A New South Wales minister has called for Australian values to be taught in all schools in the state, after Victorian schools introduced a statement of values that enshrine various responsibilities for pupils, teachers, parents and others.
And his push has some support, with a key policy body, the Institute of Public Affairs (IPA), calling Rob Stokes’ push an “extremely positive move,” The Australian reported.
Stokes, who is NSW’s education minister, said that all schools should teach students a core set of values such as upholding democracy, individual liberty, the rule of law, equality, and mutual respect, after what he said was a attempt to undermine Aussie values by an Islamic school called Bellfield College.
The college’s teacher handbook had reportedly instructed teachers to tell students that secularism was “the worst enemy of mankind” and that peace and justice was only possible through Islam.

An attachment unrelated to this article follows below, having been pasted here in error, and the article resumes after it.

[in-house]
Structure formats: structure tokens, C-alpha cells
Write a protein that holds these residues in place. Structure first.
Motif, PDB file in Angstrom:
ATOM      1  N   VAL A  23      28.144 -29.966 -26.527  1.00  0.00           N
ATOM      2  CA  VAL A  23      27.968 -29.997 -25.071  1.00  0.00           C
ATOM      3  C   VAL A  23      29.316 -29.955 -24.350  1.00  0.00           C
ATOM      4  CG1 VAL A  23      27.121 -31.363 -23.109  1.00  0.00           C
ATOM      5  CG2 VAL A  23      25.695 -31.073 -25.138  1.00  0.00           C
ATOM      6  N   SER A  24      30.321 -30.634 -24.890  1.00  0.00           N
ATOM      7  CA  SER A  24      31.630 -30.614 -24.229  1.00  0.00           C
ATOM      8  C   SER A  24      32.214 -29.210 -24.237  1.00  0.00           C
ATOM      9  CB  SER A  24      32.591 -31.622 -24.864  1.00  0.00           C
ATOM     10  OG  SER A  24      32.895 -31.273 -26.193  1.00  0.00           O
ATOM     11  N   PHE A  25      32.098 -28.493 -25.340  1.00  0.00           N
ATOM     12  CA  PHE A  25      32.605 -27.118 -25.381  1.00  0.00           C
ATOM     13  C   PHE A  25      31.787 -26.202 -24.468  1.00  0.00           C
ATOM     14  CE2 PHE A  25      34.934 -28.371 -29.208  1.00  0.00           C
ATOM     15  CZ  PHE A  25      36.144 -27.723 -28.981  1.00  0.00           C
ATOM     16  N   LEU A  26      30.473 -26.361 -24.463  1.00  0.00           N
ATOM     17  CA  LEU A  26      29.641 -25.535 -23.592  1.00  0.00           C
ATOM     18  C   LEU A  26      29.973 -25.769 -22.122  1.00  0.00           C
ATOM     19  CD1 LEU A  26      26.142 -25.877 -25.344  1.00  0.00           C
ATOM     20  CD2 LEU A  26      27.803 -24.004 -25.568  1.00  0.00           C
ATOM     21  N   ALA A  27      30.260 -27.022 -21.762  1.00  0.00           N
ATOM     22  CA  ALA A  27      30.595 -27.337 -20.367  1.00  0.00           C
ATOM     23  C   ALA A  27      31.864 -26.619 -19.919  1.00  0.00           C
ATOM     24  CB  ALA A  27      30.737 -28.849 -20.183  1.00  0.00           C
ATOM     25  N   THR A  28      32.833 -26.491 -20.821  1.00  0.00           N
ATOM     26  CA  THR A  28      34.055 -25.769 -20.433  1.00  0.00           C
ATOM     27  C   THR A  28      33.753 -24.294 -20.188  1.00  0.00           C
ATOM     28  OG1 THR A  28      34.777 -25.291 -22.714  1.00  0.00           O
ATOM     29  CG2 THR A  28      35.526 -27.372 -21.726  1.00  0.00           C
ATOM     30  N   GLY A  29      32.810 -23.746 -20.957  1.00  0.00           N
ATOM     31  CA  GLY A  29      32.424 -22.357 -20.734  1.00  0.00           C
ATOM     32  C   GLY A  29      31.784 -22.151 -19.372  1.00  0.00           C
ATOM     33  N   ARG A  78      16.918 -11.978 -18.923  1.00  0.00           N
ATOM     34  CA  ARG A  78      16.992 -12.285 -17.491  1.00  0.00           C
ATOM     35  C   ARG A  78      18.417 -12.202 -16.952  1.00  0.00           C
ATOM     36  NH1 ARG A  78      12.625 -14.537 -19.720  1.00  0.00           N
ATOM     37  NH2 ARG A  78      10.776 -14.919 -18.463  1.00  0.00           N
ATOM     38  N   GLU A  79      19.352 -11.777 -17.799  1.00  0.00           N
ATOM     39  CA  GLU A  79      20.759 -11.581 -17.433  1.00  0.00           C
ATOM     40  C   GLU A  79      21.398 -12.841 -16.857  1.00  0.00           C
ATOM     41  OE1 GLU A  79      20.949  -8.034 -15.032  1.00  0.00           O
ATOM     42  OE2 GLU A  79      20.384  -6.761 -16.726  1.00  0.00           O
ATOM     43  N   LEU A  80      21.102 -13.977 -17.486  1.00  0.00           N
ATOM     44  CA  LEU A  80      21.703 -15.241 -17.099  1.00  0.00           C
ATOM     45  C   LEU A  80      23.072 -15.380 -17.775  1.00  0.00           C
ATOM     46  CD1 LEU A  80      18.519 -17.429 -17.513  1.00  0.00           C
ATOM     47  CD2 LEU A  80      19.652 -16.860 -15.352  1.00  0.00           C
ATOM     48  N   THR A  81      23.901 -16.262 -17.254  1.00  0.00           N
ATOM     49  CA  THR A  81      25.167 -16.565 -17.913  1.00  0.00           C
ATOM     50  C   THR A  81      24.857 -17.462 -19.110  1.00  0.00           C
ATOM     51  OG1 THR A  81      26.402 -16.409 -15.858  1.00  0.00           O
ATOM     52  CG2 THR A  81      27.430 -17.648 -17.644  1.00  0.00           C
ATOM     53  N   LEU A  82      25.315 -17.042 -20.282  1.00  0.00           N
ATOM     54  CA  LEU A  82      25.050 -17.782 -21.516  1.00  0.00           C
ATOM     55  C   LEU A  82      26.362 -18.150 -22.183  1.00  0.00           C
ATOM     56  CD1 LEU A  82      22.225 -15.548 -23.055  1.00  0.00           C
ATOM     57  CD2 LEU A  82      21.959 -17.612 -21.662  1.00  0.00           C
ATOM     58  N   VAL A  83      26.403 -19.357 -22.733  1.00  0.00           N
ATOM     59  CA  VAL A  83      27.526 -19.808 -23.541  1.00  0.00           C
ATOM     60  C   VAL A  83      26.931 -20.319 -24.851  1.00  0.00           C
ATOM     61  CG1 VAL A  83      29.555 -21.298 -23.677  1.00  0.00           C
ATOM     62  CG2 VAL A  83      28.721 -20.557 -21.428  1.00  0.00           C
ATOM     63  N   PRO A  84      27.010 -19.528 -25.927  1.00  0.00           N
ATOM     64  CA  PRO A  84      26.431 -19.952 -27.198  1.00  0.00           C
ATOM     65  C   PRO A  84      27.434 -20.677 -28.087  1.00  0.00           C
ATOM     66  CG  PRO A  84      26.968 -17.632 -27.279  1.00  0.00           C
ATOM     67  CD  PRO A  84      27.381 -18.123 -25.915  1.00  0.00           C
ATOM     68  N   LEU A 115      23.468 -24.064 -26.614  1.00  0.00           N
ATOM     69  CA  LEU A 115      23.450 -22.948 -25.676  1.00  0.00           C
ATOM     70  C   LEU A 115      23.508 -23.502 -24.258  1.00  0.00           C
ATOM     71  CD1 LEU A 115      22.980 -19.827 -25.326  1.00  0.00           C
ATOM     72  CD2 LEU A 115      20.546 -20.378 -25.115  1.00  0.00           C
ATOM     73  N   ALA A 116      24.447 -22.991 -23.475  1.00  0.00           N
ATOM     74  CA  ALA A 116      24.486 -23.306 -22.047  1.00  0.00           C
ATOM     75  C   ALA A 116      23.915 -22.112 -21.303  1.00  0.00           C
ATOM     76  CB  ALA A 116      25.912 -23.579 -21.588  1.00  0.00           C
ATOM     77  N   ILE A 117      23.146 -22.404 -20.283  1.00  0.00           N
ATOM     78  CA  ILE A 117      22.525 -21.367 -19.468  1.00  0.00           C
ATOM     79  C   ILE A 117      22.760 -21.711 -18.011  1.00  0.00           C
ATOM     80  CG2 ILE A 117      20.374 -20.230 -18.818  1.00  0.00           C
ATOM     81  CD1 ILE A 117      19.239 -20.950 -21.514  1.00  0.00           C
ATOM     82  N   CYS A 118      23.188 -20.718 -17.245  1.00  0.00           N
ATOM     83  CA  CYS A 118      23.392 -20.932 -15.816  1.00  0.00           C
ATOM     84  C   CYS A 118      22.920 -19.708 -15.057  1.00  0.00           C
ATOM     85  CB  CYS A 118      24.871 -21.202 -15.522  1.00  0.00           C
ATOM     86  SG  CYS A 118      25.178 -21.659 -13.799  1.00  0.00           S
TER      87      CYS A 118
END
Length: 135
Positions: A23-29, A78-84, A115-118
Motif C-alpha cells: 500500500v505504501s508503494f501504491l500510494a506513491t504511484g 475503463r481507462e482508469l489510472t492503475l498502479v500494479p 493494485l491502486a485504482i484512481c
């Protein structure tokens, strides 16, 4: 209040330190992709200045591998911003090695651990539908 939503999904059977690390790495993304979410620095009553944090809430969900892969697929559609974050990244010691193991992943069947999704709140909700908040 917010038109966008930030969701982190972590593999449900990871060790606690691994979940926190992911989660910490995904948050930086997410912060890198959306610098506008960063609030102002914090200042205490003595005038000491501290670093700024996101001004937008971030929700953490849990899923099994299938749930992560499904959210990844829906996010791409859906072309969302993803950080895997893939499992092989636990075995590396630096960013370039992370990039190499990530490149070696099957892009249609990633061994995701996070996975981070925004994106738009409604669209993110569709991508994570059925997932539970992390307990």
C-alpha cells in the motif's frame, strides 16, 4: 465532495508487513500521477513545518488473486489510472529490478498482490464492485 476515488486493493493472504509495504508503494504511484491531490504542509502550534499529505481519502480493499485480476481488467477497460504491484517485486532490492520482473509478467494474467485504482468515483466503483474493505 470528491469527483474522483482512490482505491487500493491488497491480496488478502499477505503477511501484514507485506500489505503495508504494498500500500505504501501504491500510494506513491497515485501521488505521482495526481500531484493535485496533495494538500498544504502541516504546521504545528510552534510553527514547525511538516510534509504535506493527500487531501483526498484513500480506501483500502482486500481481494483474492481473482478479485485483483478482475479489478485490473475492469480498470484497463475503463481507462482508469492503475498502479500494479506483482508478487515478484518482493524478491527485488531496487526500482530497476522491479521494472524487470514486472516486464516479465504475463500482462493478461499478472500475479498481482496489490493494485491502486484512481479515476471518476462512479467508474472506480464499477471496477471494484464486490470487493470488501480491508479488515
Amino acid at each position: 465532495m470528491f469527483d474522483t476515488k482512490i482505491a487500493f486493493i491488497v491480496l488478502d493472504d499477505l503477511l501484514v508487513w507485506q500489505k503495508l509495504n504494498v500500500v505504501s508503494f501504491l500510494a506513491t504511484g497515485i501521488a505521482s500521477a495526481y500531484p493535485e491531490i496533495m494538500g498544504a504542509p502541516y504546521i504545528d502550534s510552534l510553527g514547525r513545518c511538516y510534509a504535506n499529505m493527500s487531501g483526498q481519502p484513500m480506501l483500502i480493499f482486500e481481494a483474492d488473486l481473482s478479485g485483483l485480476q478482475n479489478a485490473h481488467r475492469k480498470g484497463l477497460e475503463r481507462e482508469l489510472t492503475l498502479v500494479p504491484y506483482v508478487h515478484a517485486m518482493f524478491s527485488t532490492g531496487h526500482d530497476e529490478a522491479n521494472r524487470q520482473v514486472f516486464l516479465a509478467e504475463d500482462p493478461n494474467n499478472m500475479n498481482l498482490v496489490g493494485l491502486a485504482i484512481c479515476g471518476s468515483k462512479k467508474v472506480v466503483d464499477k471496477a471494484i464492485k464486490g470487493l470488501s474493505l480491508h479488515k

Stokes had told an education law conference that he wanted teachers “to think about how a declaration of Aussie values would look.
And Bella d’Abrera, the director of the IPA’s Western Civilisation Program, has now told The Australian that the move should be adopted by other states.
“Teaching our children these values will ensure that they are passed on to the next generation,” she said.
In Victoria, each school has a statement of values that sets out the responsibilities of the school community, The Australian noted.